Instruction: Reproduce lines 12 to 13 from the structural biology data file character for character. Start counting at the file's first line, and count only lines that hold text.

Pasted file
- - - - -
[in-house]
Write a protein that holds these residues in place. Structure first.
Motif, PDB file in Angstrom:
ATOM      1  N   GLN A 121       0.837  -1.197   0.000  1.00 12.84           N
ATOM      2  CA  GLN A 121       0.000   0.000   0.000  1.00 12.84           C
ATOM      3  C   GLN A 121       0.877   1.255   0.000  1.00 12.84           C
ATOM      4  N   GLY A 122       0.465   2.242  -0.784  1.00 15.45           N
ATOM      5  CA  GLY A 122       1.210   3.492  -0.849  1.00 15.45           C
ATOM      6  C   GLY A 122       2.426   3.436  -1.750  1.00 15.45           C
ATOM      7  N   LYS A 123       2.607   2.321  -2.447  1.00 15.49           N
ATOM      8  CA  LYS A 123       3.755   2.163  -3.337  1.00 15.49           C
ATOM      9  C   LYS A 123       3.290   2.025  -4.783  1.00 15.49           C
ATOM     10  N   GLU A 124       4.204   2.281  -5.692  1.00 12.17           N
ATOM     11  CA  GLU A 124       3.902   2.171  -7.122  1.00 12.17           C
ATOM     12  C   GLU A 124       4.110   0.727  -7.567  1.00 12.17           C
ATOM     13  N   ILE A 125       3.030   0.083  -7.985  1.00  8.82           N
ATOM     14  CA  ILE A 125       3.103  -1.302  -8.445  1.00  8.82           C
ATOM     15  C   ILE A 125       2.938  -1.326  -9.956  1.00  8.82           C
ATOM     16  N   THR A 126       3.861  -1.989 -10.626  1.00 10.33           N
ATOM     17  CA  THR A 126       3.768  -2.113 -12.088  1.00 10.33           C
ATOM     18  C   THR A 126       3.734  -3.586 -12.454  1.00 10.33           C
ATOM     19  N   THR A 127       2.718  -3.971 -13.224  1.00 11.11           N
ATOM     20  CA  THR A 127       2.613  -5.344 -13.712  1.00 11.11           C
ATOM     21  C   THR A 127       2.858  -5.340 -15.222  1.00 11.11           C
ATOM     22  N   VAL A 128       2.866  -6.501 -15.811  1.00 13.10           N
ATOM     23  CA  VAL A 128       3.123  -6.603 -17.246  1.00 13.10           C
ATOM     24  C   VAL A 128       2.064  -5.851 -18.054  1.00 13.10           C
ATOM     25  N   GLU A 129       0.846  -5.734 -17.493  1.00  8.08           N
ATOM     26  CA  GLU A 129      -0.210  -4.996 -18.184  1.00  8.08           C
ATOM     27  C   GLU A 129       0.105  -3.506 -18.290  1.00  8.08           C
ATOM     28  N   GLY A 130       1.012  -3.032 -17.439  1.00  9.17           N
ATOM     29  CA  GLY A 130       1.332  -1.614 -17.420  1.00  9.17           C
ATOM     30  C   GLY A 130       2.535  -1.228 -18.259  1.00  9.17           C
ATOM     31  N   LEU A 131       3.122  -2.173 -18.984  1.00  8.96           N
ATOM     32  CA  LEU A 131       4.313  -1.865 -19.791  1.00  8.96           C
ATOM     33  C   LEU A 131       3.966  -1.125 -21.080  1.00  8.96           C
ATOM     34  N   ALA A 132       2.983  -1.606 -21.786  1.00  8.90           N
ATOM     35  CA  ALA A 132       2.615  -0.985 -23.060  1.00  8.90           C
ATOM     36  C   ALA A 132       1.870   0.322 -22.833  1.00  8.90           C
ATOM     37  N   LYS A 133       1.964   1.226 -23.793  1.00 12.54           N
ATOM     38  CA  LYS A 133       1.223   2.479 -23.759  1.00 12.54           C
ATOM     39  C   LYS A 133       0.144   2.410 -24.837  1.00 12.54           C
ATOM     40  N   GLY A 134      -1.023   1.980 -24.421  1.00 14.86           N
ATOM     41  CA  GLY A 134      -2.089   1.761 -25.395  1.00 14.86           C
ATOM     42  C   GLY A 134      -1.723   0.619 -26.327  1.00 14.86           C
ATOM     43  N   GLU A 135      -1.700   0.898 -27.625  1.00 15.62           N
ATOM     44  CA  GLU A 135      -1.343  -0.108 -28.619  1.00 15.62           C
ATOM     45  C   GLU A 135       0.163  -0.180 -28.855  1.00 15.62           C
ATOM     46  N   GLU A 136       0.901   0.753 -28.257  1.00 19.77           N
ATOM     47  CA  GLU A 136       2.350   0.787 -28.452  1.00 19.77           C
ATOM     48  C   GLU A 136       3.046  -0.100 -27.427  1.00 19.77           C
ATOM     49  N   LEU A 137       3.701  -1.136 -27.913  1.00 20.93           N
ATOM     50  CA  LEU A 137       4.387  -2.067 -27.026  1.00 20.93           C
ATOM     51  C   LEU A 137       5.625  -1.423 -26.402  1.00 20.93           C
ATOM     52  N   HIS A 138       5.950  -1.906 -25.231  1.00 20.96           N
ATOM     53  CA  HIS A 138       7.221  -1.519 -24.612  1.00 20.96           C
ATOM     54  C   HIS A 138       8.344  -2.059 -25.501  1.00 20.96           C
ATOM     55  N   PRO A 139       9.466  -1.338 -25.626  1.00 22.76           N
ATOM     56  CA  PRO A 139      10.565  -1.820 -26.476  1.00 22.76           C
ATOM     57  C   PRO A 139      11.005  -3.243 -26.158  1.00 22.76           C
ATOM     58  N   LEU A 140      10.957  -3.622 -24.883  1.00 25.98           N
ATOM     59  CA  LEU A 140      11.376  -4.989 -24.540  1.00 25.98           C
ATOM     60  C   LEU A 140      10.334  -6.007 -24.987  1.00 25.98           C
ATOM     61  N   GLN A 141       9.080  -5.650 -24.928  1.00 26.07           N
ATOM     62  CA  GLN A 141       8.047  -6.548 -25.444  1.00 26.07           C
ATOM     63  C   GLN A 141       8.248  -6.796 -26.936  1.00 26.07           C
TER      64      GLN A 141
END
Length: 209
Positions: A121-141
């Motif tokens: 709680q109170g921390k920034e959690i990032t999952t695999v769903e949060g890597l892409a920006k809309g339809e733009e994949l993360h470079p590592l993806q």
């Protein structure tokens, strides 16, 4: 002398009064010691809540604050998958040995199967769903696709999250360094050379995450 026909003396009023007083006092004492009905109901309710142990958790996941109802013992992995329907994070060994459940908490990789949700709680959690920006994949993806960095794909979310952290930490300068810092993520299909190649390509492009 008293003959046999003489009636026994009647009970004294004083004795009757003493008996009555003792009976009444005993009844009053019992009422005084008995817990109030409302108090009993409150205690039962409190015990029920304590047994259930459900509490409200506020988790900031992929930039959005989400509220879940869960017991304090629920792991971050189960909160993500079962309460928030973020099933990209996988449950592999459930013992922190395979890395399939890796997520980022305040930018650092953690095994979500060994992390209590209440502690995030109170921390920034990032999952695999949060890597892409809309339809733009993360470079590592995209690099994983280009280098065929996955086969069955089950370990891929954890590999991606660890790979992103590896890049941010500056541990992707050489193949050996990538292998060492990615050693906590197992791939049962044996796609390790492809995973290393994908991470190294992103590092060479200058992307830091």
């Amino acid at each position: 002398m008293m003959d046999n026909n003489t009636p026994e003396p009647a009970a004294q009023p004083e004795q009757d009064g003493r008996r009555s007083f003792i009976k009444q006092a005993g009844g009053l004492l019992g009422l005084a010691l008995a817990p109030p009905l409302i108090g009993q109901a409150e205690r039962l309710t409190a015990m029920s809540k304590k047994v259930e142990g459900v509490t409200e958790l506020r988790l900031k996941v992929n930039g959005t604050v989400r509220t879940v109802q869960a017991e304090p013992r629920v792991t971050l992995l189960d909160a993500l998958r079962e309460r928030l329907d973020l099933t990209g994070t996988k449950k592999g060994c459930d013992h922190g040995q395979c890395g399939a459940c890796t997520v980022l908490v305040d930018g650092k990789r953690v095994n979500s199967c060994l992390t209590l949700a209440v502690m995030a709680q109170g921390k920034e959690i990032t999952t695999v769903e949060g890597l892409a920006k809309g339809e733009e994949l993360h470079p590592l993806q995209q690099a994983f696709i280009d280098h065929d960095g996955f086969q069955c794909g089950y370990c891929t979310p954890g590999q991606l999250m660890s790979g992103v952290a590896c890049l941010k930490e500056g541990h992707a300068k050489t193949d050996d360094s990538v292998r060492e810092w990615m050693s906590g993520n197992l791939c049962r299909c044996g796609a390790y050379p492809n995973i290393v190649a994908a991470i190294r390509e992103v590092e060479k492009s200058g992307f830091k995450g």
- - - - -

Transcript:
ATOM      9  C   LYS A 123       3.290   2.025  -4.783  1.00 15.49           C
ATOM     10  N   GLU A 124       4.204   2.281  -5.692  1.00 12.17           N